|First Hypothesized in 1956 by Dr. Denham Harman, the free radical theory of aging is now the most widely accepted theory regarding the etiology of skin aging.
Both internal and external oxidative stressors create inflammatory pathways characterized by the formation of free radicals, which are highly reactive molecules with unpaired electrons. Left unchecked, free radicals can cause severe cellular damage to cell membrances, lipids, proteins, and DNA. Free radicals that are known to cause DNA damage, lipid peroxidation, and inflammation are also believed to cause skin aging.
Antioxidants are substances that protect cells from endogenous oxidative stress,which is a natural byproduct of cellular energy production. Antioxidants also offer protection from exogenous stressors, such as UV radiation from the sun, air pollution, cigarette smoke, ozone, and even oxygen itself.
The damage accumulation theory of aging suggests that a lifetime buildup of damage caused by unchecked free radicals is a primary mechanism leading to the manifestations of aging. The almost universal acceptance of both the free radical theory and the damage accumulation theory helps explain the intense interest of modern medicine in the capacities of antioxidants.
By scavenging and eliminating free radicals, antioxidants balance and thwart the deleterious effects of the free radical-mediated inflammatory pathways promoted by oxidative stress.
Several antioxidants are used as ingredients in topical skin care formulations,
including vitamins C and E, lycopene, grape seed extract, green tea, coenzyme
Q10, and alpha-lipoic acid. Each offers distinct advantages, but they all pose
similar challenges in terms of harnessing their potency in topical products.
C. Although there is a dearth of research evaluating the effects of
ascorbic acid (vitamin C) on wrinkles, one such study has garnered a good deal
of attention. The topical application of Cellex C serum for 3 months was shown
to reduce the size of wrinkles in a study of 19 patients (Arch. Otolaryngol.
Head Neck Surg. This study was not blinded, as a significant percentage of the
participants experienced stinging on the treated side of the face. Vitamin C
is known to play an important role for the skin: It has been shown to increase
collagen synthesis in neonatal and adult fibroblasts when added to the culture
C preparations have proven to be disappointing, however. Most preparations are
unstable upon exposure to UV light and air, which renders them useless. Also,
most topical vitamin C products, even the stable ones, fail to penetrate the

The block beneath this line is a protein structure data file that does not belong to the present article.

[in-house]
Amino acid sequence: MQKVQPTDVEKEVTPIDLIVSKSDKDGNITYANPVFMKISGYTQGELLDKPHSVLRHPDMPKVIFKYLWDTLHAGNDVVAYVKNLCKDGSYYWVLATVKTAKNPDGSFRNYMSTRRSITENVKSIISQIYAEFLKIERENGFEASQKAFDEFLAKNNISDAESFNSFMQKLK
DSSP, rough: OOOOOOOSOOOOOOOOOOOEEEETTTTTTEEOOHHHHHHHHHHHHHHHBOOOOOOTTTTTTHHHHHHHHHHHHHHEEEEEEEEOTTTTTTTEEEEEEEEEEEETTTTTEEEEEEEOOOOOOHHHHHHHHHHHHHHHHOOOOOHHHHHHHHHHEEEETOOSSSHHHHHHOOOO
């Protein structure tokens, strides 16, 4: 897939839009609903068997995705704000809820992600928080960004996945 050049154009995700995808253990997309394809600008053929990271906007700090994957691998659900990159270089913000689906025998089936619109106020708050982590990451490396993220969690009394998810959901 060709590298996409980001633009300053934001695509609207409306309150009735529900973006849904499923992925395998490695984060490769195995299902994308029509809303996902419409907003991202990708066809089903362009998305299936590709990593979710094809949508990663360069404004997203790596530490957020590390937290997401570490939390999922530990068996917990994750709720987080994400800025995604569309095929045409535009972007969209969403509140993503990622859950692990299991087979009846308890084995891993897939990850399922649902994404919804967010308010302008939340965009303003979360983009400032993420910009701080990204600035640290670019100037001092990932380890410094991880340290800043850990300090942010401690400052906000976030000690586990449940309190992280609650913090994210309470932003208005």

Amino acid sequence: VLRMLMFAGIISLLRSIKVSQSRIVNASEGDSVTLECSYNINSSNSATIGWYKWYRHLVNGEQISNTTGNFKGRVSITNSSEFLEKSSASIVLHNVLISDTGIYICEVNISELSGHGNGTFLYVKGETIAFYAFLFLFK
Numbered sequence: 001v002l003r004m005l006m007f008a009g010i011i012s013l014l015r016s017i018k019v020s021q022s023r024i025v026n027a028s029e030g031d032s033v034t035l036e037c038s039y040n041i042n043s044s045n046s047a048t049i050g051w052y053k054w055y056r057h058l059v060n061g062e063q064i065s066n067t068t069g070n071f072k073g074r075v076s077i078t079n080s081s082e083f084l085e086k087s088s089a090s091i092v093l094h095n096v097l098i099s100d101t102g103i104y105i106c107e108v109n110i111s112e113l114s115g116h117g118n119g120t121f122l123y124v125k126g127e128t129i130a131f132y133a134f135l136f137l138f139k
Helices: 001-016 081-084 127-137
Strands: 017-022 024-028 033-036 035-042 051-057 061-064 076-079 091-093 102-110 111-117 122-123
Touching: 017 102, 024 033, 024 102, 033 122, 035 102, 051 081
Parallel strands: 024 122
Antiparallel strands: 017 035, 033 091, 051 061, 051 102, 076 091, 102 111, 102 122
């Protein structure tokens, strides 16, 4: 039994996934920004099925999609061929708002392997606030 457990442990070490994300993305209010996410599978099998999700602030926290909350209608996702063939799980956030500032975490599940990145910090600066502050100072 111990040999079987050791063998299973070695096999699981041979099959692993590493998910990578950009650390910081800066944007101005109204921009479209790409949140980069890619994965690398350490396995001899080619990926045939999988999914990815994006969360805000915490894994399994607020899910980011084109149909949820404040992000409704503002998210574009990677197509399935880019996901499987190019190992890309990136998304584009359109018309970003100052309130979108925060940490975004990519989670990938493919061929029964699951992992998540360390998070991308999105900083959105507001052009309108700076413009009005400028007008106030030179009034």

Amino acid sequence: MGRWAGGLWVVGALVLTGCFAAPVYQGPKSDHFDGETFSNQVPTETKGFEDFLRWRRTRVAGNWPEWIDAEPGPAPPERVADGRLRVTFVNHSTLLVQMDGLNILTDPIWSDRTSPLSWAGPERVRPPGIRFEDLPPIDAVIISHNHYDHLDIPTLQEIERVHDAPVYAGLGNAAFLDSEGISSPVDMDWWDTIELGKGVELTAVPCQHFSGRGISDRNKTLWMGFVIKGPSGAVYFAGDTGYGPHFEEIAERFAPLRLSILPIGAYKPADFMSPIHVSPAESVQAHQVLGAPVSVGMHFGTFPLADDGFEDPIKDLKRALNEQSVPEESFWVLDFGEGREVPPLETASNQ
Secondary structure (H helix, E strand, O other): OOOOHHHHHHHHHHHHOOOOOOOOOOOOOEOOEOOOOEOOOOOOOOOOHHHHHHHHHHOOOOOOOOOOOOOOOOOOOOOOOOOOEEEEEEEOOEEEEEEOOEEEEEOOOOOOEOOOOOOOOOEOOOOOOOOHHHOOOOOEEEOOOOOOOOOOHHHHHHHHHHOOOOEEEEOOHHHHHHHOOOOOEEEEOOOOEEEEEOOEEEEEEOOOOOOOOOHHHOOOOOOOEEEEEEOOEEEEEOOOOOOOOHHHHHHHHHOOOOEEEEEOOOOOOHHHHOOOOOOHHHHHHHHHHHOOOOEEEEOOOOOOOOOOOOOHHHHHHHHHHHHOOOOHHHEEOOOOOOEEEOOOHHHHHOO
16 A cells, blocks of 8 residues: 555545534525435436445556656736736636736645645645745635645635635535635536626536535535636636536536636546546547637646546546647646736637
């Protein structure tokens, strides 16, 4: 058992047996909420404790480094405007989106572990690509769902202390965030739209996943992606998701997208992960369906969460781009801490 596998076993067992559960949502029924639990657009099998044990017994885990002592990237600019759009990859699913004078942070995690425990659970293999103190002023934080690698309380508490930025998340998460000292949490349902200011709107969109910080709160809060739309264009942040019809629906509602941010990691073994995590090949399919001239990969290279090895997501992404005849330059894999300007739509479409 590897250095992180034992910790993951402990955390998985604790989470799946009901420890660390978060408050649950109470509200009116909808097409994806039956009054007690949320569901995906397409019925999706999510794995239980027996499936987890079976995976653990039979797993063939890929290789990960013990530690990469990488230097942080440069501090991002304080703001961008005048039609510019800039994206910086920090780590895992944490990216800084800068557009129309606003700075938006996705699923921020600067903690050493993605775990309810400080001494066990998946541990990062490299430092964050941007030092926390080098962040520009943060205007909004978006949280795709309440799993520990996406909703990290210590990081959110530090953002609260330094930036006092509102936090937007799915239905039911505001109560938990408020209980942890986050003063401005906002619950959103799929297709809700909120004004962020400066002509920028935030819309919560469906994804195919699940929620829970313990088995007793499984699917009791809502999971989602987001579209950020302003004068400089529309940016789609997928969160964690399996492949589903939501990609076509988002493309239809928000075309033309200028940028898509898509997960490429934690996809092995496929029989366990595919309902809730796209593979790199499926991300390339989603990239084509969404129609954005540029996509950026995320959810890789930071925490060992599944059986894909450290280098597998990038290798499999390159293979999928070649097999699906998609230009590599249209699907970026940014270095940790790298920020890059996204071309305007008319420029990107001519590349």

E. The topical application of a tocopherol (vitamin E) has been shown
to confer significant protection against UV-induced damage to animal skin.
Although immunostimulatory and anti-inflammatory effects have been ascribed
to vitamin E, several studies have cited adverse reactions to topical vitamin
E. A sun protection factor of 3 topical application of vitamin E, which is believed
to have the capacity to marginally absorb light (Cosmet. Dermatol.) It appears
likely, however, that vitamin E requires the interaction of other antioxidants
to provide any photoprotective effect.
Q10. A powerful antioxidant that combats free radical stress and assists
in energy production, coenzyme Q10 is found in all cells. By inhibiting lipid
peroxidation in plasma membrances thus limiting free radical formation coenzyme
Q10 is believed to prevent oxidative stress-induced apoptosis.
Coenzyme Q10 plays an important role in the energy-producing adenosine triphosphate
pathways present in the mitochondria of each cell in the body. Energy production
is an important component of cellular metabolism that is thought to diminish
in efficiency with age. Coincidentally, levels of coenzyme Q10 also decline
with age. Supplementation with this coenzyme is believed to have potential to
stem the decline in energy production associated with senescence and illness.
A preponderance of clinical work with coenzyme Q10 has evaluated its systemic
administration. However, topical coenzyme Q10 has been shown to penetrate the
viable layers of the epidermis and lower the level of oxidation, measured by
weak photon emission, and reduce wrinkle depth. In the same study, the coenzyme
suppressed expression of collagenase in human fibroblasts following UVA irradiation.
These results suggest that topical coenzyme Q10 may effective in preventing
the deleterious effects of ultraviolet radiation exposure.
extract. By inducing vascular endothelial growth factor expression
in keratinocytes, grape seed extract in one study appeared to exhibit the potential
to confer beneficial results in dermal wound healing and related skin problems.
In human volunteers,
topical application of grape seed extract has been shown to enhance the sun